Belgian Street Artist Chase Paints New Mural in Long Beach • Long Beach Post

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When Belgium-born Chase continually saw his mural on 1st between Elm and Linden perpetually tagged, he would come down to Long Beach and fix it.

The iconic array of colorful eyes that once stared on East Village Arts District passersby from across House of Hayden, however, had been vandalized for the last time. When the City had called Chase to ask him how much it would be to (once again) repair the mural, he gave them another option: provide him the supplies and he would do an entirely new mural, marking the second street artist this year to take on a Downtown wall following Flip’s mural up the way.

In one fell swoop of about seven hours, Chase came down and cleared the way for his newest mural, two hands press together to form a heart shape with Chase’s iconic eyes staring through.

While the easy postmodern commentary of Big Brother and panopticism could easily be applied to Chase’s obsession with eyes, he views them as nothing of the sort.

“They’re all individual consciousnesses, y’know?” Chase said.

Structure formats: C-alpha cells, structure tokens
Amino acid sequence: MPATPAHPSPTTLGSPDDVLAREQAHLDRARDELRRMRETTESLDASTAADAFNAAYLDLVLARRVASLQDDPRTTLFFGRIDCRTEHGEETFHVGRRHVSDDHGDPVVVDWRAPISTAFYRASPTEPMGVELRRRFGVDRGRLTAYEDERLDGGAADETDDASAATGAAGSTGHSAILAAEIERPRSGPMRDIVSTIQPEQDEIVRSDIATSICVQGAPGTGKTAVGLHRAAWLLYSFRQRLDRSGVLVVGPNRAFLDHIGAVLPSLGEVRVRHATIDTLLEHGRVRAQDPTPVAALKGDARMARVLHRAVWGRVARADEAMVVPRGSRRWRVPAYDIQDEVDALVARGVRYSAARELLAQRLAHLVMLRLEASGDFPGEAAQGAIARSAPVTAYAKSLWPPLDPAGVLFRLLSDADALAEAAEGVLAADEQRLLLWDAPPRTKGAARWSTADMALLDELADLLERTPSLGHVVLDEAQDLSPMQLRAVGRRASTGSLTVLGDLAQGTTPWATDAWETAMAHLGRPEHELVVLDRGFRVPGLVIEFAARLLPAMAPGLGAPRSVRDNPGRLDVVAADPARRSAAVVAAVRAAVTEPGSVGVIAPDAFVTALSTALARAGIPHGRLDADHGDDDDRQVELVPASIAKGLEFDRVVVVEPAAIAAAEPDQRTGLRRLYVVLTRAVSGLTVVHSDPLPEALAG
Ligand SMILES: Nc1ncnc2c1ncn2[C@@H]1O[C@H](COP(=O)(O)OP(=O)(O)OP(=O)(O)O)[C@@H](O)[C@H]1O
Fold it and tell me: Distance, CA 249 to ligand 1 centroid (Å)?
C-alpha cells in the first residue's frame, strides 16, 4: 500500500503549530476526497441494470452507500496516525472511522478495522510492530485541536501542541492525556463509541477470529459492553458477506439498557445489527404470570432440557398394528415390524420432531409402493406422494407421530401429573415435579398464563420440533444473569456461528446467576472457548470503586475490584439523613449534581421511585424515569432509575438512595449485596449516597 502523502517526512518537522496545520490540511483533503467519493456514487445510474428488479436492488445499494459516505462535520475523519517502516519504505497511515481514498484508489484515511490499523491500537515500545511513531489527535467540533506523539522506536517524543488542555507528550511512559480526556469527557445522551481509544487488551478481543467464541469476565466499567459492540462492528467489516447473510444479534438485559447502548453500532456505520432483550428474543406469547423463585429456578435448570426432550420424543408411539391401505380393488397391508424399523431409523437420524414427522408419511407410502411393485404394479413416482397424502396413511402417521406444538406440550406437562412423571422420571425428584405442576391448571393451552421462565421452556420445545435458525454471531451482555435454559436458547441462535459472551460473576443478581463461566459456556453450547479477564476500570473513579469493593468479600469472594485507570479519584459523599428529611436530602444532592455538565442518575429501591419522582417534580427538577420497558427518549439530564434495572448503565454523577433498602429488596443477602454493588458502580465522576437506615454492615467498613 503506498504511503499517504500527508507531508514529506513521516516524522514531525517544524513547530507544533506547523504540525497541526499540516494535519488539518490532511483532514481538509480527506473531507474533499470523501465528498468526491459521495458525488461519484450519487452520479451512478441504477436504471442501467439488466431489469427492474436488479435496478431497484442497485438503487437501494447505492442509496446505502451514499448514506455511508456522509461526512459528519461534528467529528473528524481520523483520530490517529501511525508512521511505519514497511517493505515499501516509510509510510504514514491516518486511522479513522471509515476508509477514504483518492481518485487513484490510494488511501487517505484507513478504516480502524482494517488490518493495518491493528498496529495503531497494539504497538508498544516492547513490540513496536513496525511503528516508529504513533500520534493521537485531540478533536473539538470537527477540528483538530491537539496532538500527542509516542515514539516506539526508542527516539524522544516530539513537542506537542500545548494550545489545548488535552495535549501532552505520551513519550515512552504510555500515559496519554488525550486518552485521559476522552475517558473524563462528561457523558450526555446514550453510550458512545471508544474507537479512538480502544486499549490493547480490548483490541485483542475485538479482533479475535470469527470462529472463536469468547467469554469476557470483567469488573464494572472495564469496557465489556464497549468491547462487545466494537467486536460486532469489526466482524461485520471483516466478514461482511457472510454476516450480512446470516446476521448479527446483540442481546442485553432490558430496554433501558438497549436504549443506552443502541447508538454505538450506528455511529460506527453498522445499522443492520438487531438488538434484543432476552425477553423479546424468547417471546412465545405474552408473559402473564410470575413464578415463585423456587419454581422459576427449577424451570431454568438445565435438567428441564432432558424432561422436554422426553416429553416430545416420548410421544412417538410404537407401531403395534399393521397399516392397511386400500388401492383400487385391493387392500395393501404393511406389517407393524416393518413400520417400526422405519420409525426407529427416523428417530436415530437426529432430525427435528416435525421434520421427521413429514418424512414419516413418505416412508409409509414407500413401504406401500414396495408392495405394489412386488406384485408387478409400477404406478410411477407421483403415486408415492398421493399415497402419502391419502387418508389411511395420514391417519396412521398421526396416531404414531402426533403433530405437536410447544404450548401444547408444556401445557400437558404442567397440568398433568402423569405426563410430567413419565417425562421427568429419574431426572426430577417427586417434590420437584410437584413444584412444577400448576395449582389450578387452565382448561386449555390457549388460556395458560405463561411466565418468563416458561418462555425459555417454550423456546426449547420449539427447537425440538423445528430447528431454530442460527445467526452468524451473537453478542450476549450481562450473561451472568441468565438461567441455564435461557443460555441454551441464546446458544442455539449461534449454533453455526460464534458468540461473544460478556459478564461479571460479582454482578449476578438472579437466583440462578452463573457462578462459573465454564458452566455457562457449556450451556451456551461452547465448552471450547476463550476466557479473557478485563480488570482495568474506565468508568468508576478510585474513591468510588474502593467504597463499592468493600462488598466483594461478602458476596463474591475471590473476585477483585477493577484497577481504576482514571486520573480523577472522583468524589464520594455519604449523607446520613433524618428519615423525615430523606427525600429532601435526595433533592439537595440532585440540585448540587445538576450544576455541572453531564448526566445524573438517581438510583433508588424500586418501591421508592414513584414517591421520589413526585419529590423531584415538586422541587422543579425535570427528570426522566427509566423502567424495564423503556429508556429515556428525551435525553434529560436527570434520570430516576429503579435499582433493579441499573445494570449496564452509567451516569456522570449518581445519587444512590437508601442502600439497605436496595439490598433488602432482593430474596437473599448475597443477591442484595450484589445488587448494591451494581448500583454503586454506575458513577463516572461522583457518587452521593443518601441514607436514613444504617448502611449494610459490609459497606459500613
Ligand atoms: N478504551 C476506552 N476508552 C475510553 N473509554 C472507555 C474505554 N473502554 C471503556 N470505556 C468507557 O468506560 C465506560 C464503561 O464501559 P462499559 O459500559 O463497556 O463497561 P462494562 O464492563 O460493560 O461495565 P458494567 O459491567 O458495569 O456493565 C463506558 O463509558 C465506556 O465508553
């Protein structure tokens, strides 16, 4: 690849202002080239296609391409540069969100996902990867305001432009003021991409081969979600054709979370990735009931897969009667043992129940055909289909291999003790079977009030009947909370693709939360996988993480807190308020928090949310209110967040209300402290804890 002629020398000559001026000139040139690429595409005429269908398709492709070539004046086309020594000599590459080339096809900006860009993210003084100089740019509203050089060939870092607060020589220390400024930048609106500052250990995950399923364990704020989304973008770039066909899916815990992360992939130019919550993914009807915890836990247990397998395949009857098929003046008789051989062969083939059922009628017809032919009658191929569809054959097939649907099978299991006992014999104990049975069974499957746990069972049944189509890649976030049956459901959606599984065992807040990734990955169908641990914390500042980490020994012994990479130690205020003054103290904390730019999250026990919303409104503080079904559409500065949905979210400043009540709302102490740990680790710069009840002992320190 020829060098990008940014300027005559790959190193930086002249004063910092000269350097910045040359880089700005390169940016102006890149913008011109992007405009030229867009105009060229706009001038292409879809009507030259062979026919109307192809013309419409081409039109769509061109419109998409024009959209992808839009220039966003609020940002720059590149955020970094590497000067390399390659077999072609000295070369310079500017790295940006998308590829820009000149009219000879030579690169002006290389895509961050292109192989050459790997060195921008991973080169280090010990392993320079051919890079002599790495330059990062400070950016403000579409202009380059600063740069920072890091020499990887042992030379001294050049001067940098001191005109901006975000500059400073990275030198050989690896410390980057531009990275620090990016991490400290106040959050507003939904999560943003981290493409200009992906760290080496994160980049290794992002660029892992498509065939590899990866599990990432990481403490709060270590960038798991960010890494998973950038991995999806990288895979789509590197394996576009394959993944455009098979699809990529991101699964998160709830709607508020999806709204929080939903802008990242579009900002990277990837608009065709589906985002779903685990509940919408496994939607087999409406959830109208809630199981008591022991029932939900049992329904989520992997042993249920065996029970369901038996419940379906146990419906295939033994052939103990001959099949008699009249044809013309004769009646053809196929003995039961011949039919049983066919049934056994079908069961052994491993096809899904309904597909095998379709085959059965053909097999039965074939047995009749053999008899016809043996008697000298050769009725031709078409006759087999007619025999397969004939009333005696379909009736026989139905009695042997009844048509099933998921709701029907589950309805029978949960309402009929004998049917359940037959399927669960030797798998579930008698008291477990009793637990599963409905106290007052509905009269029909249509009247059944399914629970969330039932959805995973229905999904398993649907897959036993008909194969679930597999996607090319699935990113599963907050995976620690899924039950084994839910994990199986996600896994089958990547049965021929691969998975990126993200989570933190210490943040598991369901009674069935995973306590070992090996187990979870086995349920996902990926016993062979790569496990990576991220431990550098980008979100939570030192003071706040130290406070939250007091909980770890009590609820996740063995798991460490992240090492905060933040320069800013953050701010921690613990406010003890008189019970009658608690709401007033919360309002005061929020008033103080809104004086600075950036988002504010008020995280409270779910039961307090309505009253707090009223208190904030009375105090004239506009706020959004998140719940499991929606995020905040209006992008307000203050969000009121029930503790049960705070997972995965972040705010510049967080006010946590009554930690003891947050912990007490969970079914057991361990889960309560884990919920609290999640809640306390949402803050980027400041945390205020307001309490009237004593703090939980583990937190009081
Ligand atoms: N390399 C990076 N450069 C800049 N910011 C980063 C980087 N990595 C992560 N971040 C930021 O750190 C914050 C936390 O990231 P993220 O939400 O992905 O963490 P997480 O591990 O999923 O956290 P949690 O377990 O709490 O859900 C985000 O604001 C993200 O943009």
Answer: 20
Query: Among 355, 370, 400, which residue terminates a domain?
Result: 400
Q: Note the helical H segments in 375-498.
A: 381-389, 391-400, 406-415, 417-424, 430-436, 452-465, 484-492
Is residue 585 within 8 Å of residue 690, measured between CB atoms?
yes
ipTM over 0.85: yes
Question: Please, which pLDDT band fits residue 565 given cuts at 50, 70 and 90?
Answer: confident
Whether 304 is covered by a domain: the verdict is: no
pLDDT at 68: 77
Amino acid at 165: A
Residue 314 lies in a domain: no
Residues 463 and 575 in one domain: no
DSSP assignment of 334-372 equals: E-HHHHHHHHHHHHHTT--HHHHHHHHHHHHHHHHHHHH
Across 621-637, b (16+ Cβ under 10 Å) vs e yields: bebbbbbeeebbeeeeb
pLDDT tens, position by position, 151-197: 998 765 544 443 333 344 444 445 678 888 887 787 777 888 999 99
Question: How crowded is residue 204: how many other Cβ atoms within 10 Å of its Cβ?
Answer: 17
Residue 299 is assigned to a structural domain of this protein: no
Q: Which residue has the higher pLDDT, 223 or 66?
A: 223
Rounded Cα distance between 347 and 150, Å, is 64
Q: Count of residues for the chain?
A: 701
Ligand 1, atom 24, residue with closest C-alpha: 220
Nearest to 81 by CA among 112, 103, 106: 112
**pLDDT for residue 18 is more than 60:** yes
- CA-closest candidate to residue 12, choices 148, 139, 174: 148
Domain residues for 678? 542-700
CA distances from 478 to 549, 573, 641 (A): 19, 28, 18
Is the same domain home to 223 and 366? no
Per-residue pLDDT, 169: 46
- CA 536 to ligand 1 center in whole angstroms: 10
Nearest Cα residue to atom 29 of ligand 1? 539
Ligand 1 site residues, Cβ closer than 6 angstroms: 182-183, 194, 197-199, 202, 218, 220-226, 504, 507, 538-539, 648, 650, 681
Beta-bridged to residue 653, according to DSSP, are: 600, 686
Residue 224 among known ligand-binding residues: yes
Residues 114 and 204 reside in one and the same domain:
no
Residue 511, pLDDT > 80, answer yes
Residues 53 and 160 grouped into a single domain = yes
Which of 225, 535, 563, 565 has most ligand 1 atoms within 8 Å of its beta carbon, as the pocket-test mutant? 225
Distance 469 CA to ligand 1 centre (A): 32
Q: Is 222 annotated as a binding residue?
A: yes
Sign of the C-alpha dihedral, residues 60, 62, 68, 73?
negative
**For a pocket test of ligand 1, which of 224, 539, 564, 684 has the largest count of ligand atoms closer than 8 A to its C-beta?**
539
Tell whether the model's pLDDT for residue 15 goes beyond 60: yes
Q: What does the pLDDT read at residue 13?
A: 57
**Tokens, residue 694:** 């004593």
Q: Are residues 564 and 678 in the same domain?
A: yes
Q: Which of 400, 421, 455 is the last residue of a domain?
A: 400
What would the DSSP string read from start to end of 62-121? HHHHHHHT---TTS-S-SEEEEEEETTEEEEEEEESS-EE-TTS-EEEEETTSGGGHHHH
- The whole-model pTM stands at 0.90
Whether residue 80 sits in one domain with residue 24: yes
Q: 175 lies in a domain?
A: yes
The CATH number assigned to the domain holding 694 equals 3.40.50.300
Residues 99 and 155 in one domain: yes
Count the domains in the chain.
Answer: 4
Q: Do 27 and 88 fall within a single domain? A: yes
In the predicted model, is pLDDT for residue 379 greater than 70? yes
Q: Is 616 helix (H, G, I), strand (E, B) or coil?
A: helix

With the help of Jose Cordon, who had kept in continual touch with Chase, and the financial auspices of 2nd District Councilmember Suja Lowenthal’s office, the City handed him the supplies and Chase began appropriating a piece he had made for Homeboy Industries.

“I had made about 36 pieces for their annual fundraiser,” Chase said. “I thought, ‘What am I going to paint here?’ and I thought this piece was perfect because of the dumpster situation and all that sort of stuff. And to be honest, I just thought it would look beautiful blown-up in scale.”

Making a small tweak by embellishing the eyes from a two-tone to a five-color palette, the pop-image of two hands making a heart—found in EDM culture, at a Robyn concert, or between friends—also has an indirect commentary is just as powerful: with the two hands forming Crip signs and in the inside blaring the color of the Bloods, one can easily associate the piece with a critical look at gang culture in LA County.

“It’s a small wink toward the Crips and Bloods,” Chase said. “It’s not direct commentary; it’s more of a coincidental historical reference… It’s more about a good vibe, love containing the world at large, represented by all these eyes grouped together.”

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